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TonyTax, Tax Consultant
Category: Tax
Satisfied Customers: 15975
Experience:  Inc Tax, CGT, Corp Tax, IHT, VAT.
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years before my mother's death last year, she gave me

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For 7 years before my mother's death last year, she gave me annual gifts. She lived in the USA, and the gifts were below the limit liable for tax there, but the limit here is much lower. I am a dual citizen and fill in tax returns in both countries. So the gifts will have escaped tax in the US, but will I have to declare them on the UK tax form?

When you refer to the "UK tax form" do you mean your personal self-assessment tax return?
Customer: replied 2 years ago.



Leave this with me while I draft my answer.
Customer: replied 2 years ago.

Fine. Thanks.

Hi again.

The recipient of a gift doesn't pay tax on it in the UK and there is no need to report it in a self-assessment tax return, though it makes sense to keep a record so that you can say where it came from if asked. Such gifts are what are called potentially exempt transfers which will form part of the donor's estate for Inheritance Tax purposes if they do not live for seven years after making them.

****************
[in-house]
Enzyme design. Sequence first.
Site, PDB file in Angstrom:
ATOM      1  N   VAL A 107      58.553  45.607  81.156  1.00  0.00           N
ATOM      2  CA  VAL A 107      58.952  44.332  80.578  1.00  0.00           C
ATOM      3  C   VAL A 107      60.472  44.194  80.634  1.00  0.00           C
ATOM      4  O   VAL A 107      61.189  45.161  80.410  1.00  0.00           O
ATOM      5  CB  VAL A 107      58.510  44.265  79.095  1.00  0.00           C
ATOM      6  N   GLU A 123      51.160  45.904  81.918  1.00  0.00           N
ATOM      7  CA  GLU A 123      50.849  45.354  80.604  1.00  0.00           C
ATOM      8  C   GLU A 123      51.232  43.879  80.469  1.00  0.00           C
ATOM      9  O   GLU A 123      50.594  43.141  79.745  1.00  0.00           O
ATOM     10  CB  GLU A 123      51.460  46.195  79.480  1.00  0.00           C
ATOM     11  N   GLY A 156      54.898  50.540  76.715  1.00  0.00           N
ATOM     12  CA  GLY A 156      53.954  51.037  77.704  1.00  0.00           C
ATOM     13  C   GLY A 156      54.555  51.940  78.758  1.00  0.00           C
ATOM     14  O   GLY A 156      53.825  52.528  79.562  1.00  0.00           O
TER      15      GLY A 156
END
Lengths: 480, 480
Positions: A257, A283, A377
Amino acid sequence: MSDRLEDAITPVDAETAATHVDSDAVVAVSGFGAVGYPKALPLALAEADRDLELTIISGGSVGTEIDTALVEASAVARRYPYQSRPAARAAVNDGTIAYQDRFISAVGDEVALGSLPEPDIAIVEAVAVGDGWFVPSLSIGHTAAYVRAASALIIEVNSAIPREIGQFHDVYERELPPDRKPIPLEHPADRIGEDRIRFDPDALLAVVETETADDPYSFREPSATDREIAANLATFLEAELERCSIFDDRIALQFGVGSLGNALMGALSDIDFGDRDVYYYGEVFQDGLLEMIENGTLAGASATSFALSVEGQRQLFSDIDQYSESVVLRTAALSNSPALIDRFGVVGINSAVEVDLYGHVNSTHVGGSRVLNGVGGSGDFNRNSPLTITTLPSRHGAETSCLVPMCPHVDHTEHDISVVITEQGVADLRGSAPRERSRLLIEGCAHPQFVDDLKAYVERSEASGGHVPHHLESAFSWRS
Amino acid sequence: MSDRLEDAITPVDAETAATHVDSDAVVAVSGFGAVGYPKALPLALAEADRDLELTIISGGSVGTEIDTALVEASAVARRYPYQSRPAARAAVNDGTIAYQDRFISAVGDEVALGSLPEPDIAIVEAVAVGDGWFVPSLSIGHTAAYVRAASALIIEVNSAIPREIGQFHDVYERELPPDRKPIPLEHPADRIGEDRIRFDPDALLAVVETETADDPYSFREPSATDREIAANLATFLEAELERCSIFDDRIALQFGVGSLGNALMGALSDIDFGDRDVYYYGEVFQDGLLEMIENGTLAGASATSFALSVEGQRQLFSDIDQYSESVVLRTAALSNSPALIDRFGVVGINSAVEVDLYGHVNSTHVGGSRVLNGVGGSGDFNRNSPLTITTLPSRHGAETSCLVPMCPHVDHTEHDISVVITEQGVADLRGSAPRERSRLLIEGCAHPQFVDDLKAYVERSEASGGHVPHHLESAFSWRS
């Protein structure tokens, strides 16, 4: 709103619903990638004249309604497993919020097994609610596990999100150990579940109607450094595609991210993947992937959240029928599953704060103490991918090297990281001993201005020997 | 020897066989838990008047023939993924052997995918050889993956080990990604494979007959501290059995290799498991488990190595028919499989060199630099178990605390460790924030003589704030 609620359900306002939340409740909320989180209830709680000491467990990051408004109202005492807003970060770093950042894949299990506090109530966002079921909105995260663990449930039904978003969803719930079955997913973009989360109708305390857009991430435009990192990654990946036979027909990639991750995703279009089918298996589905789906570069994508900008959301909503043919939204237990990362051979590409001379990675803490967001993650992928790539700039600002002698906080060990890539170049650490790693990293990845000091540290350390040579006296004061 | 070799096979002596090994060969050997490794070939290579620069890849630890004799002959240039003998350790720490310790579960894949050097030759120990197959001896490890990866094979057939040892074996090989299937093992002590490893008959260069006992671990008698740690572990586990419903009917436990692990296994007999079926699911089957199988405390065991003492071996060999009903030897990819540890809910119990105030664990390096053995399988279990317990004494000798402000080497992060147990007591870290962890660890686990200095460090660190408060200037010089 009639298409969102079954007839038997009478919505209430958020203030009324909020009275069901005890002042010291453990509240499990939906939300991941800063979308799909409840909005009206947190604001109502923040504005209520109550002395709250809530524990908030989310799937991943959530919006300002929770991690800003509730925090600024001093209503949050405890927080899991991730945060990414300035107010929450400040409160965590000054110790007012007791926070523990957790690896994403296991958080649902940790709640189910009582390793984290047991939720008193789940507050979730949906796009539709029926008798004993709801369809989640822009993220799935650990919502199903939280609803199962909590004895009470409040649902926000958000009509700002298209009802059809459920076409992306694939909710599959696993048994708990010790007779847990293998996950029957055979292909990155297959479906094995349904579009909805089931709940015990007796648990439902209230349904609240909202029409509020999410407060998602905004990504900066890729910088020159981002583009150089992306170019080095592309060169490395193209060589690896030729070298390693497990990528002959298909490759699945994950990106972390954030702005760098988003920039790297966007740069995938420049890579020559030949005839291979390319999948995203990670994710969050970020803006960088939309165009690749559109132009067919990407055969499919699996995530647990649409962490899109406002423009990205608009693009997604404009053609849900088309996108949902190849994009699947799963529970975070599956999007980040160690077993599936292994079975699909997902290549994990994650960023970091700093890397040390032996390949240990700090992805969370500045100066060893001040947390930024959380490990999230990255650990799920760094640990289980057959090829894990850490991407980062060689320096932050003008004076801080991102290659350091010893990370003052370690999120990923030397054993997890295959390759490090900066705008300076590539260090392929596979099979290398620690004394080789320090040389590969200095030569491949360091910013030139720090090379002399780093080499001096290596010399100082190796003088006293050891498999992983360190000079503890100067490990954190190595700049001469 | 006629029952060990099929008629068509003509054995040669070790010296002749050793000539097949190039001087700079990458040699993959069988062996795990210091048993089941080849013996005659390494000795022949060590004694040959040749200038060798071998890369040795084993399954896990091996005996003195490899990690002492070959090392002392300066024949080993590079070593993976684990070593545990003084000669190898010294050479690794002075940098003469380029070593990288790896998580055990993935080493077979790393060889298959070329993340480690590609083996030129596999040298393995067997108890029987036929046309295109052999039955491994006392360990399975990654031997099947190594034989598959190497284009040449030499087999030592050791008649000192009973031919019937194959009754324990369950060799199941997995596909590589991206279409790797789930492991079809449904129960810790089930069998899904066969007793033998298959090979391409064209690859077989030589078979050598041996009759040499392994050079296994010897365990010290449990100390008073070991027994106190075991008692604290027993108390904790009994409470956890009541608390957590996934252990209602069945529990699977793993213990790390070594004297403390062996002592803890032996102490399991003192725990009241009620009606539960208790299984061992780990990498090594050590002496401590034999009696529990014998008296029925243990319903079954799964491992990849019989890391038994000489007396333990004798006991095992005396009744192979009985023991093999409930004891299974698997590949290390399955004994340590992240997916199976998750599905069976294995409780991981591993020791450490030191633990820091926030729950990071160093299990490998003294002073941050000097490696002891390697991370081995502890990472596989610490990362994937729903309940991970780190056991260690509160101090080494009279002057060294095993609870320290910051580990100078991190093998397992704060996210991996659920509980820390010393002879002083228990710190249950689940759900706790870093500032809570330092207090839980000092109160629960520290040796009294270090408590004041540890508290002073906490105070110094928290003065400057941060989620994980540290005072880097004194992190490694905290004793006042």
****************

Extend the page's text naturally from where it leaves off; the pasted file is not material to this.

Take a look here for information on Inheritance Tax and who pays it. If your mother was UK domiciled, then her worldwide estate would potentially have been liable to UK Inheritance Tax if it exceeded the nil-rate band in value. If she was not UK domiciled, only her UK based estate (excluding UK bank accounts denominated in other then UK Pounds) would have been potentially liable to UK IHT.

The nil rate band for a widow or widower can be increased if the executors of the spouse who died first did not use all the nil rate IHT band available to theie estate,.

I hope this helps but let me know if you have any further questions.
Customer: replied 2 years ago.

The info says:

The estate doesn’t pay Inheritance Tax on up to £3,000 worth of gifts given away by the deceased in each tax year (6 April to 5 April). This is called the ‘annual exemption’.

However, my mother's gifts were £5,000 per year, so over the UK threshold, but under the US threshold. My tax home is the UK.

The excess of each gift over £3,000 would have been a potentially exempt transfer. Where all or part of a £3,000 exempt gift allowance isn't used it one tax year, it can be carried forward one year so there is potentially £6,000 of exempt gifts that can be made in the later year. If the gifts were made from outside the UK, then they would not be caught by the UK IHT system in any event, assumibng your mother was not UK domiciled.

None of the above affects your personal tax situation.

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